Diesel is a highly volatile fuel that can spell disaster when used in an asphalt plant. Georgia workers should know that one drum mix asphalt plant had a long-standing practice of using diesel to clean out its silo of asphalt. This meant using a fuel with a flash point of 165 degrees Fahrenheit into an environment that maintains a temperature of upwards of 300 degrees.
For diesel that exceeds its flash point, all that is needed is room to expand, oxygen to transform it into a cloud of explosive gas and a source of ignition. One day, that source of ignition was provided at the aforementioned plant. Although experts are unsure of the cause, an explosion resulted that left one worker with severe burns and a life-long work disability. The fireballs had destroyed the baghouse and burned most of the wiring around the asphalt tank.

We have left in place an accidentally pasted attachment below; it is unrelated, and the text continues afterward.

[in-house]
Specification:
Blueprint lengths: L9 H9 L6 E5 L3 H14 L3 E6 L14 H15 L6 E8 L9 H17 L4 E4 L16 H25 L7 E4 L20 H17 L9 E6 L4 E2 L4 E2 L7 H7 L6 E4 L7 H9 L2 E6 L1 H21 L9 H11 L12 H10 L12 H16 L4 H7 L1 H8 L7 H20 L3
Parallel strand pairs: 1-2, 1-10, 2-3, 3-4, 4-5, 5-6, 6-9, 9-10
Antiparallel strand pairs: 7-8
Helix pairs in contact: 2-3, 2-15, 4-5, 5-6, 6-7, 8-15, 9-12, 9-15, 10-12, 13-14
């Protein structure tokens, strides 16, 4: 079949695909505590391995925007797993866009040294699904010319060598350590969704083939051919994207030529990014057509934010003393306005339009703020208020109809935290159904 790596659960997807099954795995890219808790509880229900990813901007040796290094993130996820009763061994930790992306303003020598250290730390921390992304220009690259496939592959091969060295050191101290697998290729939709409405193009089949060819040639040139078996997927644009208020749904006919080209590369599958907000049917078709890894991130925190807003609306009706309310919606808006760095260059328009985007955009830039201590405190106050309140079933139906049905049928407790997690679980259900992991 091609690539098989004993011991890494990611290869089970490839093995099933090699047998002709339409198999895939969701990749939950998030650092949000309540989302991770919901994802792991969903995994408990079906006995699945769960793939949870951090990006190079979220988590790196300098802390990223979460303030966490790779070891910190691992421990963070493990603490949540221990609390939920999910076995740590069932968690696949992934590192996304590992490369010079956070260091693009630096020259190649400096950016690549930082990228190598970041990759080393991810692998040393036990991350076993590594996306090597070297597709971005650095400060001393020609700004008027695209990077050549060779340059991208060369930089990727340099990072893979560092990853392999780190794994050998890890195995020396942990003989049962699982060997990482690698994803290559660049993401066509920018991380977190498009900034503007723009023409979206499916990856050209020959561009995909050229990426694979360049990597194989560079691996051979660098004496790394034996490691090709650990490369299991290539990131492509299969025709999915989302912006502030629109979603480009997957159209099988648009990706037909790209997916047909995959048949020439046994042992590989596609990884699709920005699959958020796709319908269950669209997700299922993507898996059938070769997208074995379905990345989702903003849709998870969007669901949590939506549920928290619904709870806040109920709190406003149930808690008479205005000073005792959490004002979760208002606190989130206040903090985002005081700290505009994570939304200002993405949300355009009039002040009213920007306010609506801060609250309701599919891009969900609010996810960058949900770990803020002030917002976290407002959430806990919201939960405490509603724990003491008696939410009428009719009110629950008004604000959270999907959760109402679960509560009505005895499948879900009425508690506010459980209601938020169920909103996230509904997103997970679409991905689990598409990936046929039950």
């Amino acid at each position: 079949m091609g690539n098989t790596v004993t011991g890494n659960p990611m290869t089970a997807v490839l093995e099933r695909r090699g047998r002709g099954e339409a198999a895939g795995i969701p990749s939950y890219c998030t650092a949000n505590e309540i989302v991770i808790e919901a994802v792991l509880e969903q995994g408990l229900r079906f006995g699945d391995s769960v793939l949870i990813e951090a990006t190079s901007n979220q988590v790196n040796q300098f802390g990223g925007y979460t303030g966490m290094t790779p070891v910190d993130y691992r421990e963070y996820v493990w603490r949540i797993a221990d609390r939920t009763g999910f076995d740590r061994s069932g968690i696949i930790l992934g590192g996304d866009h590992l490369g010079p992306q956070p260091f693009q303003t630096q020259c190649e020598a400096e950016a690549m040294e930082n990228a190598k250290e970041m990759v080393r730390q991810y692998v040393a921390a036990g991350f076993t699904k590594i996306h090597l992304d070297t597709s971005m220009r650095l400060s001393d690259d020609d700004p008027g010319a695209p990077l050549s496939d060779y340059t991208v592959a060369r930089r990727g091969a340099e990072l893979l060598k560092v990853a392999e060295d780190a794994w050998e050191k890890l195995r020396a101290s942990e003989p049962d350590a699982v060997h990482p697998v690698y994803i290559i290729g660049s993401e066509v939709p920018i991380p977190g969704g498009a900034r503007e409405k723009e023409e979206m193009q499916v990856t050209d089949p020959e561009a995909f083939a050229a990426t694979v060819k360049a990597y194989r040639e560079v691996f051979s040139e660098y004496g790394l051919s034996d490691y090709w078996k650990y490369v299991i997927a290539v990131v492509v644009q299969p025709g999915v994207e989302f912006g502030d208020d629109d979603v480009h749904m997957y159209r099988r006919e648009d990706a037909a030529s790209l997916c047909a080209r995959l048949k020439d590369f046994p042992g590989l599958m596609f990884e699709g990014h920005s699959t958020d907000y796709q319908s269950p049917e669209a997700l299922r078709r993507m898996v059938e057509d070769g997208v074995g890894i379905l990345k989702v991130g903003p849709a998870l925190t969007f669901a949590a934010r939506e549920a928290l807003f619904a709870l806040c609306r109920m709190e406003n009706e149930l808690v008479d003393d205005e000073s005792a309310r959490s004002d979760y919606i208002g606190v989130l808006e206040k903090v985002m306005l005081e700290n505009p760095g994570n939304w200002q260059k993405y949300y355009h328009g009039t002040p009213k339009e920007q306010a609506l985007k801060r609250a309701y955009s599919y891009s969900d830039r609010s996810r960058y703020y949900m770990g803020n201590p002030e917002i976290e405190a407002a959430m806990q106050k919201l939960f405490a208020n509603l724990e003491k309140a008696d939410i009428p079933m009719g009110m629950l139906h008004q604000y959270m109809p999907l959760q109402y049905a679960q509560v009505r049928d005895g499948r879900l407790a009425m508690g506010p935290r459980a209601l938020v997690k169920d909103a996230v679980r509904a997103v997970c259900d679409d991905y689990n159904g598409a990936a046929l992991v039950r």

The plant was put out of commission for several months because of the accident. It appears that the plant started to inject diesel into the silos rather than reversing the pump to suction out the oil because someone had made modifications to the asphalt plant that made reversing the pump impossible. The company, which owns batch plants where diesel is used for cleaning, reverted to this practice once the oversight was discovered.
Someone who has been injured on the job may have been the victim of negligence, or they may have neglected workplace safety themselves. No matter the case, an employee hurt on the job could be eligible for workers’ compensation benefits that can include the payment of medical bills. However, an injured worker may want a lawyer to assist with the filing and, if the employer or its insurer denies the claim, with an appeal.